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Management Updates

This section of the web site features Management Updates written by the turf specialists of the UMass Extension Turf Program. The messages cover local problems, are geared toward local conditions, and are posted frequently during the growing season.

The most current message appears below; click into the archive to search previous messages dating back to 1998.

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Latest Message:

Annual Bluegrass Weevils

May 21 2015

Annual bluegrass weevils are developing quickly now!!!

The warm weather of last week has definitely spurred activity with the annual bluegrass weevil. We collected samples from a fairway at a golf course just east of Springfield on Monday (18 May). We took six cores from a fairway, each one 2 inches in diameter, and found: 3 first instars, 8 second instars, 4 third instars, and 1 fourth instar. Meanwhile we took samples from a golf course just northwest of Hartford, CT yesterday (20 May). We took the same kind of sample from a fairway (six cores, each one 2 inches in diameter), and found: 1 first instar, 17 second instars, 16 third instars, and 4 fourth instars. The total of 38 larvae is an average of 6.3 larvae per plug, which is equivalent to an astounding 300 larvae per square foot! (The superintendent intentionally left the area untreated for us, and plans to apply a larvicide tomorrow to the surrounding area.)

The good news in all of this is that this week is the perfect time to apply a treatment targeting larvae if you are in much of Connecticut or the Pioneer Valley of western Massachusetts. Superintendents often report really good results when they make their larval applications at about 350 accumulated degree days (DD). Both courses reached that magic number earlier this week. Rhododendron catawbiensis exploded into full bloom a few days ago in both locations. That has served as an excellent indicator over the years, coupled with tracking degree days.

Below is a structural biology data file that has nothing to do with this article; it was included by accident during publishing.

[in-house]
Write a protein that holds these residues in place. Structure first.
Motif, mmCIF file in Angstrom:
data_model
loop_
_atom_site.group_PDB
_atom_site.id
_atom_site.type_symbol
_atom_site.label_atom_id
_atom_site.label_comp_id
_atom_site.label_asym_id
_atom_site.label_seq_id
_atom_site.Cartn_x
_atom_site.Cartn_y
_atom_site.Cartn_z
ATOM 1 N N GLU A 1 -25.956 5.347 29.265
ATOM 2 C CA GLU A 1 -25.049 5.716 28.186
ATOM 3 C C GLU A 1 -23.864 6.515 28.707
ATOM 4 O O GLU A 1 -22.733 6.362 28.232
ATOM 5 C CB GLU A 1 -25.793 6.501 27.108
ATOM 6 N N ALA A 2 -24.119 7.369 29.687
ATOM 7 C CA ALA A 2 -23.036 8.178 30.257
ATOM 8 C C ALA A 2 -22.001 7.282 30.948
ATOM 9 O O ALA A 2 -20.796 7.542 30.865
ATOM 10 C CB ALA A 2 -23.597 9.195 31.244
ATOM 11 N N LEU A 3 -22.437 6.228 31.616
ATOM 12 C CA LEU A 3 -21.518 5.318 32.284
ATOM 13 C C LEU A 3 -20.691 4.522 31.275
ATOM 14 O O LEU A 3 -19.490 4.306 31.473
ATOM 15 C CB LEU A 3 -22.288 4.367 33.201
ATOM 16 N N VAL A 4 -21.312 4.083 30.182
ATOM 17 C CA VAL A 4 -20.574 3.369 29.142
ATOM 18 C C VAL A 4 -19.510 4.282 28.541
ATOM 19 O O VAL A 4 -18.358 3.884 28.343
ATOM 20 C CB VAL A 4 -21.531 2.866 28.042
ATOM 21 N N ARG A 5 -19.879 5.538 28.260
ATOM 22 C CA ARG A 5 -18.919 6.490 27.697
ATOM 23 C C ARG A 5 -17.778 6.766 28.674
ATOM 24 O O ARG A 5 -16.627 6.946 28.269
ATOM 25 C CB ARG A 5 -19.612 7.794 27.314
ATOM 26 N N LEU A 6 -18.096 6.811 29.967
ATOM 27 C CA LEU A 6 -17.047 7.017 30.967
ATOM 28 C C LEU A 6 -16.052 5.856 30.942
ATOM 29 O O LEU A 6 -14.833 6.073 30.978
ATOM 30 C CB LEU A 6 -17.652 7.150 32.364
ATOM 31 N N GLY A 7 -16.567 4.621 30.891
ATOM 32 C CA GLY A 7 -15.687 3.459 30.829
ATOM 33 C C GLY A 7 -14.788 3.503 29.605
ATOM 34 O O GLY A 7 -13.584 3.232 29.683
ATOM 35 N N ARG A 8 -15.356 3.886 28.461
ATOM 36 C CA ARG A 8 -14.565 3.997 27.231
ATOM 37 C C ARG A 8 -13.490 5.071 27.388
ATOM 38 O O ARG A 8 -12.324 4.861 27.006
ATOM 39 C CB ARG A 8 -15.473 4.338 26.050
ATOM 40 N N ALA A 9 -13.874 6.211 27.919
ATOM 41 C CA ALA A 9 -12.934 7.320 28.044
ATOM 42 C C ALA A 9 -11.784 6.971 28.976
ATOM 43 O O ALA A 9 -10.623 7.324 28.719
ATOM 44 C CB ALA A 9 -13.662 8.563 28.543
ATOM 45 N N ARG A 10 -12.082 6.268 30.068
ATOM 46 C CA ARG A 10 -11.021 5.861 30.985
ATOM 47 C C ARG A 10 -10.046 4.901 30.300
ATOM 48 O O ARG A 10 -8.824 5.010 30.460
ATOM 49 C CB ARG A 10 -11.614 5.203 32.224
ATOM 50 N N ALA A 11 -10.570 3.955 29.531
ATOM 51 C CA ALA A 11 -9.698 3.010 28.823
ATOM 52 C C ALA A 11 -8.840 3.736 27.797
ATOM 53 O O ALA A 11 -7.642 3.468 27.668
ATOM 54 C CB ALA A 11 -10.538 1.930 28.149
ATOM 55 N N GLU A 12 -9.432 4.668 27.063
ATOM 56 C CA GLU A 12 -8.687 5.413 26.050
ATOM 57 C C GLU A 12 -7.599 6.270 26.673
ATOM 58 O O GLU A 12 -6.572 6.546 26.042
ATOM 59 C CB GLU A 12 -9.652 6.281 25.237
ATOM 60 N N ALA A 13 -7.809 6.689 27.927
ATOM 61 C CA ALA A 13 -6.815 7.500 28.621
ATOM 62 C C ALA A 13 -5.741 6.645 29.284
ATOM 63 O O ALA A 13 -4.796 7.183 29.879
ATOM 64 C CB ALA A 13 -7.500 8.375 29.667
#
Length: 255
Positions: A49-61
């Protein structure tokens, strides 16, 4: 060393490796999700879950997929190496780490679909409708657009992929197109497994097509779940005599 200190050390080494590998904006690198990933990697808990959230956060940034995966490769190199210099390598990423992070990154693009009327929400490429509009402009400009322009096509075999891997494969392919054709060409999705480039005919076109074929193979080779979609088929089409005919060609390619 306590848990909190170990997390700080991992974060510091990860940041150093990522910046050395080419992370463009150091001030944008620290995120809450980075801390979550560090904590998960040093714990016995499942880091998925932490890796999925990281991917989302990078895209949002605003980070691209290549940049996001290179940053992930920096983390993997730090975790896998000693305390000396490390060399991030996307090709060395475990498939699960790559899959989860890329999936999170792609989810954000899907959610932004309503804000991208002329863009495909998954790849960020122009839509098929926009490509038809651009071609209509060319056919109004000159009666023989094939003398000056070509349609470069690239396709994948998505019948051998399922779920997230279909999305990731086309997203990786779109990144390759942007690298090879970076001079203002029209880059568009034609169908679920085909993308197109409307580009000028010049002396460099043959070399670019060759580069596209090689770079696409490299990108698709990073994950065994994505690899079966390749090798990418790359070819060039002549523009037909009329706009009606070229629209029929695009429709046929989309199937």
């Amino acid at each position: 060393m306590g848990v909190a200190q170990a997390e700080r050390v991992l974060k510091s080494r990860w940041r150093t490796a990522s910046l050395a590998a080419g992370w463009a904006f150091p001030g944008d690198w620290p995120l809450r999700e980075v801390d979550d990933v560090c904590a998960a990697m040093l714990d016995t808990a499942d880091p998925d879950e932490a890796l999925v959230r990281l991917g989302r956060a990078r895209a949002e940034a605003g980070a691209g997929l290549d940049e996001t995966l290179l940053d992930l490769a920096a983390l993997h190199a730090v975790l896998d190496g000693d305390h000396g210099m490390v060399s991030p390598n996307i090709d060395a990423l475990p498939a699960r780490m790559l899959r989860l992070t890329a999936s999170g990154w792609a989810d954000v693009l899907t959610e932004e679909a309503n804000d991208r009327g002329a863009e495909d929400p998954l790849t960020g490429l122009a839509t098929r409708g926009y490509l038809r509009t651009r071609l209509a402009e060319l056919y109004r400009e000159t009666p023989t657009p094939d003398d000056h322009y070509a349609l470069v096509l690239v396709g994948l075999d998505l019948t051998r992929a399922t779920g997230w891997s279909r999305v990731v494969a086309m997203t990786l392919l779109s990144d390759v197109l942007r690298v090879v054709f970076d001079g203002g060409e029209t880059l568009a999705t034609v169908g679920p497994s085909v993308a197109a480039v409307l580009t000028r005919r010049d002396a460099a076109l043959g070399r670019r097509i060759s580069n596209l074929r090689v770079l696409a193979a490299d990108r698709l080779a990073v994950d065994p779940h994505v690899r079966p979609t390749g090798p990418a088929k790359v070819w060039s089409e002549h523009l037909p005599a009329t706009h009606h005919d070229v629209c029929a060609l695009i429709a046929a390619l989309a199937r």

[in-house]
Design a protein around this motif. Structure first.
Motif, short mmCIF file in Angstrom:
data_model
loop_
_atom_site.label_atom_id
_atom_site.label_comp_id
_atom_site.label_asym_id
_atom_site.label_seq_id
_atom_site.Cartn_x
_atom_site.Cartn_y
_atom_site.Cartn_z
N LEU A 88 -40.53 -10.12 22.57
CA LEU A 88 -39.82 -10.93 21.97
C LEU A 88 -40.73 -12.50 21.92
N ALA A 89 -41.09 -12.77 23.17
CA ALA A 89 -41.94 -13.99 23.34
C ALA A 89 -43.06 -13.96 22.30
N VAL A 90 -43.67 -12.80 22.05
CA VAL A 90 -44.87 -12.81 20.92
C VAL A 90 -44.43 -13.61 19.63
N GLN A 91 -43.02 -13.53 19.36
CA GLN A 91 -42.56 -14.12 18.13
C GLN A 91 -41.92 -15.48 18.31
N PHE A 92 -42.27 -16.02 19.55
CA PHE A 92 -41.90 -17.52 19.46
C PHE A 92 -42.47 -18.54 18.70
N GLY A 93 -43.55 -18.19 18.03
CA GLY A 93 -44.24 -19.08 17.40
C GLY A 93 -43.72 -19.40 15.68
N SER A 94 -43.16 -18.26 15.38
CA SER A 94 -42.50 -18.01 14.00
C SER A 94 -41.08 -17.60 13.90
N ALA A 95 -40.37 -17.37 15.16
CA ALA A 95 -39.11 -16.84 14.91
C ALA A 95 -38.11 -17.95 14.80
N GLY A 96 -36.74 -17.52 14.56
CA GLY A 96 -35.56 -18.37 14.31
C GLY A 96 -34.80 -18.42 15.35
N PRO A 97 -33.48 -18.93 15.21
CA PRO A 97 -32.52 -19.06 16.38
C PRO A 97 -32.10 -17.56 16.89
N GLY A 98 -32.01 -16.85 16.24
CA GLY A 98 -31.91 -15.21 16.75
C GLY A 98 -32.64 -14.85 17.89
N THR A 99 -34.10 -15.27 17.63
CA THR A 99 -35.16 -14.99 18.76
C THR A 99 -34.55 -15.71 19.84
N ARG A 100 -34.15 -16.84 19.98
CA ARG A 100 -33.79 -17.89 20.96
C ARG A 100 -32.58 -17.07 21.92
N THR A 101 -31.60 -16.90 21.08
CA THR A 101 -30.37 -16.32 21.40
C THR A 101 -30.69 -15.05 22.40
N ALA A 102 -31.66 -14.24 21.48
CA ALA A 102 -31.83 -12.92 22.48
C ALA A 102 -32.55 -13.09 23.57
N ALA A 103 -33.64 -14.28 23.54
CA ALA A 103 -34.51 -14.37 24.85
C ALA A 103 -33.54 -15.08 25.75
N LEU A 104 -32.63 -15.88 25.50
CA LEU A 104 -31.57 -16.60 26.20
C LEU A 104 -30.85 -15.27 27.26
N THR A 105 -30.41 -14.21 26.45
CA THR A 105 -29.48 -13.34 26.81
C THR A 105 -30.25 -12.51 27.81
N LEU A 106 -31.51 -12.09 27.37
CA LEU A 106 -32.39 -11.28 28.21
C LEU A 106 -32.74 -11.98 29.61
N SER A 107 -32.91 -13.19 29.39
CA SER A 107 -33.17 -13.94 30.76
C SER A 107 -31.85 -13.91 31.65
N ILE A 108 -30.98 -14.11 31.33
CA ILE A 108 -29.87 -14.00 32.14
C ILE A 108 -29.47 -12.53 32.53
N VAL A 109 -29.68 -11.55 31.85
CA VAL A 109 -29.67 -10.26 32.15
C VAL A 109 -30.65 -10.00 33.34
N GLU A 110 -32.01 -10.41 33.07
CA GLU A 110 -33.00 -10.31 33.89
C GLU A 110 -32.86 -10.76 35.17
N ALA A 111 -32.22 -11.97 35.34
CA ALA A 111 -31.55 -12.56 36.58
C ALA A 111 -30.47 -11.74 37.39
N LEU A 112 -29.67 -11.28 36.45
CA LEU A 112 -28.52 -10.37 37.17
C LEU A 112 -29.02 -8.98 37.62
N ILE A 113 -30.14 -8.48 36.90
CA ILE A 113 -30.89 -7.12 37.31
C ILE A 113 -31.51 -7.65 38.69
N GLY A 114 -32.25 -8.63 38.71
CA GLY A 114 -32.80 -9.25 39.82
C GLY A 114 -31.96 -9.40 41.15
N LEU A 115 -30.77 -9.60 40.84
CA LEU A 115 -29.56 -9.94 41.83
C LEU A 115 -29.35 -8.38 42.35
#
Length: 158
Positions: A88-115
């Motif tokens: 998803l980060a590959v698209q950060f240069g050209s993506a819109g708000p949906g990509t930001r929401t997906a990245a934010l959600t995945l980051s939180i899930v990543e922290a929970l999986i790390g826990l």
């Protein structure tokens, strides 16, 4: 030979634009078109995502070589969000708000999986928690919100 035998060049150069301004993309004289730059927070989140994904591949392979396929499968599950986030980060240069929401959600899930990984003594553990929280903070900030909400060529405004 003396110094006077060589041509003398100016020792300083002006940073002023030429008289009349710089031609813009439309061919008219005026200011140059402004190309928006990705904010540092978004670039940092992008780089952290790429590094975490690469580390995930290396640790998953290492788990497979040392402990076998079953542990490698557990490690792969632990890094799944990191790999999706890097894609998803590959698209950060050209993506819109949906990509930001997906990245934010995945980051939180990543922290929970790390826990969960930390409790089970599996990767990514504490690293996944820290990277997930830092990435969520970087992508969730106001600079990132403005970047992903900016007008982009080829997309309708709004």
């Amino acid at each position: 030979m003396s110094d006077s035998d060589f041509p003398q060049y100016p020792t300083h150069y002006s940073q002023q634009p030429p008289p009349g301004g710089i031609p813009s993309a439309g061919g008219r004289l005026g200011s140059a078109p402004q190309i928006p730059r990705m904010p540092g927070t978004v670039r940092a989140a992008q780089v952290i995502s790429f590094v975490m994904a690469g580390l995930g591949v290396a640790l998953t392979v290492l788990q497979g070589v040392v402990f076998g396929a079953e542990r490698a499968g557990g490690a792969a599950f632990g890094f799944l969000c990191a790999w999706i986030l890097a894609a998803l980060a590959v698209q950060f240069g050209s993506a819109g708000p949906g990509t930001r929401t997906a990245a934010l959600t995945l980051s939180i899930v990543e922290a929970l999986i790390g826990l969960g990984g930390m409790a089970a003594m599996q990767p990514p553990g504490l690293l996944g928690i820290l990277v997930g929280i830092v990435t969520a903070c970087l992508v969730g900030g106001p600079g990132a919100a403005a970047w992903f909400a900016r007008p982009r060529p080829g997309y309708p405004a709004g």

So ... for those of you in the Hartford - Springfield area, give serious thought to applying your larvicide within the next week, before the doggone larvae get any bigger! Those of you in central New Hampshire appear to be a few days behind us in western Massachusetts, based on personal observations, but your time will come soon enough.

Options for controlling larvae include indoxacarb, spinosad, and trichlorfon. Studies in previous years suggest that cyantraniliprole may be effective at this time as well, but the product has not been as thoroughly tested as the other yet, and we are still refining the optimum timing for those applications.

Submitted by: Dr. Pat Vittum

For additional information about integrated management of turf pests, refer to our Professional Guide for IPM in Turf.